It’s always hard to judge a World of Warcraft expansion. The first few weeks are filled with the spark of light that fresh content always creates. There are new levels to gain, new environments to explore, quests to complete and challenges to be conquered.
And in World of Warcraft’s latest expansion, Battle for Azeroth, those things are all pretty good. But now that we are a little over a month in, it’s easier to look back and see the cracks that lie underneath the initially promising expansion.
More hours in
Battle for Azeroth’s endgame is mostly held up by two types of content, and the good news for the game is that those two pillars, Mythic+ and raiding, are the best things about it.
Raiding is a structured series of fights designed for large groups of players and represents World of Warcraft’s hardest challenges. Battle for Azeroth has one raid, called Uldir, with plans for more in the future.
The raid is made up of eight bosses that each have interesting and unique mechanics. Some bosses might put extra pressure on the DPS players to kill an add before it can heal the boss, while others might require players to move around the environment in a specific pattern or order, all the while still doing as much damage to the boss as possible or keeping the group alive through healing. While past raids often repeated mechanics or had one or two boring fights that didn’t ask much of the players, each encounter in Uldir feels unique and challenging. It’s been a long time since we had a raid where each fight was as much fun to do over and over again as the fights in Uldir.
This system also lets casual groups clear the fights in a few weeks, after they gain more gear and can do more damage. The most dedicated players may grind toward finishing the content on the hardest difficulty much more quickly by focusing on flawless execution.
This top-end difficulty was missing entirely from Legion’s first raid, Emerald Nightmare, which was cleared by top guilds in around 11 hours. Meanwhile the first guild to clear Uldir’s hardest difficulty, Mythic, spent somewhere around 70 hours attempting to kill the raid’s eight bosses. Even after all that time, the guild, Method, still had members say they loved the raid, and that it was one of their favorite in recent memory.
Mythic+ has some similarity to raiding, but it’s designed for just five players, instead of the 10-to-30 that can make up a raid. This mode tasks players with clearing the game’s dungeons, but with specific changes that make them harder, scaling up until it’s impossible for groups to finish. Players receive a keystone in their inventory that assigns them their dungeon, one of the game’s 10, and gives the dungeon a level. This determines how difficult enemies are and what effects might make them harder. If the group completes the keystone in time, they get a new, higher-level stone; if they, don’t they get a lower-level stone.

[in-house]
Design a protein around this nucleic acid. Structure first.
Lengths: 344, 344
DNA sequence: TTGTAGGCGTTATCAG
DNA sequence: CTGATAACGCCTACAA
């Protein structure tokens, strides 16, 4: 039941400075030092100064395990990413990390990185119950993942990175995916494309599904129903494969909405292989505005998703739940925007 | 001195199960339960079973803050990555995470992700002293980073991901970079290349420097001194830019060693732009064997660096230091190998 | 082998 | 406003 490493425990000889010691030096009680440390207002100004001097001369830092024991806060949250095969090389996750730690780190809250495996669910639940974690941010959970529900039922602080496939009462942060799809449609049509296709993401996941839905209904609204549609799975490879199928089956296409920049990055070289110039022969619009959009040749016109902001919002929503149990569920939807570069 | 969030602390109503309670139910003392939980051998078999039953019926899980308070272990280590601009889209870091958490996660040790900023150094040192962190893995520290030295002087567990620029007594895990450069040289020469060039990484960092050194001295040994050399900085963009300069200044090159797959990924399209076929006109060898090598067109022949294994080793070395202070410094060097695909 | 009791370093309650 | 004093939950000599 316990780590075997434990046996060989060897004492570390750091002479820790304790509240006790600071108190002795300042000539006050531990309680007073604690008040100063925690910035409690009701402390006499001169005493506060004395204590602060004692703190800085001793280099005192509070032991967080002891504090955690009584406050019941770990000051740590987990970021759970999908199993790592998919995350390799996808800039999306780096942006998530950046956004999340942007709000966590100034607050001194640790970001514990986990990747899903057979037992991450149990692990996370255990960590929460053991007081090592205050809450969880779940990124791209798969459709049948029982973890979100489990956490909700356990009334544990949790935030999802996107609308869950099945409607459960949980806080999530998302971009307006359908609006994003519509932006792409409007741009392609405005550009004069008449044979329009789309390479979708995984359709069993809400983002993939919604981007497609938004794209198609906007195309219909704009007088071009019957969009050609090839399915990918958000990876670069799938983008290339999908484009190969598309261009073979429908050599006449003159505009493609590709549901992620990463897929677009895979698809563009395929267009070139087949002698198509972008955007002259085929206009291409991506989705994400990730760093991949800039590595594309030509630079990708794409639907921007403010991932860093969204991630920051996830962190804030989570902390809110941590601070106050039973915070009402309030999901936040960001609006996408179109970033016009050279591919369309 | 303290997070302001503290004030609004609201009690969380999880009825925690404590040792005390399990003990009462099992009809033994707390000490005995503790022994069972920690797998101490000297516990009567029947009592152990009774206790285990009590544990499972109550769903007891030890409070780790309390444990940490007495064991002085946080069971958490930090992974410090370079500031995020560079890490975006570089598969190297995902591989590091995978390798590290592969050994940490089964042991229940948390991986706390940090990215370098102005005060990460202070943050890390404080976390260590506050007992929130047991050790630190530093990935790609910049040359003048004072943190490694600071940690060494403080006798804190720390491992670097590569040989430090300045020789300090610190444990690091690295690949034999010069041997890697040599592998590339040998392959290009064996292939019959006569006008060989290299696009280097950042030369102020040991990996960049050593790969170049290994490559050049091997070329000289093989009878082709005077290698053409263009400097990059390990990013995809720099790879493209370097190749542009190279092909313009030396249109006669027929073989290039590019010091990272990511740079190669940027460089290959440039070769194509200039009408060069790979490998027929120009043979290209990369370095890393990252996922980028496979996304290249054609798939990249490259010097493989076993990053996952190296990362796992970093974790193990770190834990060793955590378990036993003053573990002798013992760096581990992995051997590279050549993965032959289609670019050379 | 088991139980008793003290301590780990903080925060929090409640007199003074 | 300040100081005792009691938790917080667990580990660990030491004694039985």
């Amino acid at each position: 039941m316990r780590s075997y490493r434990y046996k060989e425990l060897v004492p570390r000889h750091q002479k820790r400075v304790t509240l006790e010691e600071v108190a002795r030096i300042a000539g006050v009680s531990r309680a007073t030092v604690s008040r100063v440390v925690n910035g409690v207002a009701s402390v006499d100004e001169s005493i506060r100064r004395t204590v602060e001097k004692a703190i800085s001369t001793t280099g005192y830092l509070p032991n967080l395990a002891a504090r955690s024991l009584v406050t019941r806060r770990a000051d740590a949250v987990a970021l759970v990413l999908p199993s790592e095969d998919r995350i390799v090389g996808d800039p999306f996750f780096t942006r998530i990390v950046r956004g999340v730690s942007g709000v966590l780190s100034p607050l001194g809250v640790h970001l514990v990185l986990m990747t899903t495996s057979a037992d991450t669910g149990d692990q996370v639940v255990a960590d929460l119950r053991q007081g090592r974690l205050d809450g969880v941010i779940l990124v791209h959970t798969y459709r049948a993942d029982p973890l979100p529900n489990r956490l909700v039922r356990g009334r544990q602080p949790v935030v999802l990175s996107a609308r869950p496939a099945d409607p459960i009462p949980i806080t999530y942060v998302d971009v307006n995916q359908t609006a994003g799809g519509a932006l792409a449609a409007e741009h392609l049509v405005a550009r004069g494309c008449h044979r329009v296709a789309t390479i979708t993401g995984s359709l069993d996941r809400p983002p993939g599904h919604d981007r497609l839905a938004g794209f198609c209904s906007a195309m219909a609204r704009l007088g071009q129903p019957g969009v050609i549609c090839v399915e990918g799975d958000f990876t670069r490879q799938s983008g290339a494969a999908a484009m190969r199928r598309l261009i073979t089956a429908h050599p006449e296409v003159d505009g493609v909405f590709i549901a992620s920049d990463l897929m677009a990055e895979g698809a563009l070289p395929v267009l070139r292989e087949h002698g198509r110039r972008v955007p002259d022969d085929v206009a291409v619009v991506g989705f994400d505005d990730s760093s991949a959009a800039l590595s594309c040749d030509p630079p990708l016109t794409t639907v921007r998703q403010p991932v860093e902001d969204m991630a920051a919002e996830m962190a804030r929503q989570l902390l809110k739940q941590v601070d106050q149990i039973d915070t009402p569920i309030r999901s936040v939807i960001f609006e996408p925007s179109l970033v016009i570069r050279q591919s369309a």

The bones of Mythic+ are fairly simple, but it’s that simplicity that makes it Battle for Azeroth’s most rewarding mode. It’s fun, generally only takes about 40 minutes per dungeon and allows small groups of players to push themselves exactly as hard as they’d like. Battle for Azeroth’s dungeons are extremely well-designed and consistently entertaining, even after doing some of them 20-plus times, which makes the challenge of Mythic+ a great way to keep people playing.
It’s not all good news
Each of those modes existed long before this latest expansion; raiding is a basic concept in MMOs, and Mythic+ was added in World of Warcraft’s last expansion. The problems with Battle for Azeroth’s endgame come from the systems it adds, which most often artificially gate progress where most of the fun can be found. If raids and Mythic+ are the carrot, we’re about to talk about the stick.
At the heart of the expansion’s systemic issues is an item called the Heart of Azeroth. It’s a neck piece given to all players that gets upgraded as you collect Azerite Power, or AP. New levels may unlock a new trait on certain pieces of armor called Azerite armor, which occupy the head, chest and shoulder armor slots.
But the system offers a painful and mindless grind. At worst, it feels like a cheap and artificial wall blocking you from playing your character to its full potential. Levels of your heart come fast at first, but the costs become prohibitive when you get up into level 20 or so. This wouldn’t be an issue if the most powerful Azerite gear didn’t require reaching level 22 to unlock even 75 percent of their full damage, leaving players left out of features from gear they’ve already collected. This means more grinding.
The best way to collect AP is through world quests, a system that allows players to complete menial tasks to earn moderate rewards. A finite amount of AP spawns on the map through these quests — generally at least 2,000 a day. I’ve likely done most of these quests close to 20 times in the course of preparing my various characters in the 45 days since the expansion launched. In some cases, I’ve replayed them as many as 50 times.